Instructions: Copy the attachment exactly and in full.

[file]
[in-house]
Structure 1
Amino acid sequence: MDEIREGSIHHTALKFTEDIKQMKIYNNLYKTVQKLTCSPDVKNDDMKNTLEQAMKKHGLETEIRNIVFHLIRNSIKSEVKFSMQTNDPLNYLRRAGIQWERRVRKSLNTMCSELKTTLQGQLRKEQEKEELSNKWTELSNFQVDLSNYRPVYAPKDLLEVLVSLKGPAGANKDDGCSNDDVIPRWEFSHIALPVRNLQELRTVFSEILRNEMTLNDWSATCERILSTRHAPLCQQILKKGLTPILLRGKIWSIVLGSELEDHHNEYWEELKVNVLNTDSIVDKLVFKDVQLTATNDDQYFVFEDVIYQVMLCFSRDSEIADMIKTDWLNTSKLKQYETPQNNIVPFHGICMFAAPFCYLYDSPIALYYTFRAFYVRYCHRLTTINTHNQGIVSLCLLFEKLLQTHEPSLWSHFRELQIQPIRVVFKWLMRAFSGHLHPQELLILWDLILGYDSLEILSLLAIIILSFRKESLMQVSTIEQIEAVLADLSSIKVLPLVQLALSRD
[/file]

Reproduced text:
[in-house]
Structure 1
Amino acid sequence: MDEIREGSIHHTALKFTEDIKQMKIYNNLYKTVQKLTCSPDVKNDDMKNTLEQAMKKHGLETEIRNIVFHLIRNSIKSEVKFSMQTNDPLNYLRRAGIQWERRVRKSLNTMCSELKTTLQGQLRKEQEKEELSNKWTELSNFQVDLSNYRPVYAPKDLLEVLVSLKGPAGANKDDGCSNDDVIPRWEFSHIALPVRNLQELRTVFSEILRNEMTLNDWSATCERILSTRHAPLCQQILKKGLTPILLRGKIWSIVLGSELEDHHNEYWEELKVNVLNTDSIVDKLVFKDVQLTATNDDQYFVFEDVIYQVMLCFSRDSEIADMIKTDWLNTSKLKQYETPQNNIVPFHGICMFAAPFCYLYDSPIALYYTFRAFYVRYCHRLTTINTHNQGIVSLCLLFEKLLQTHEPSLWSHFRELQIQPIRVVFKWLMRAFSGHLHPQELLILWDLILGYDSLEILSLLAIIILSFRKESLMQVSTIEQIEAVLADLSSIKVLPLVQLALSRD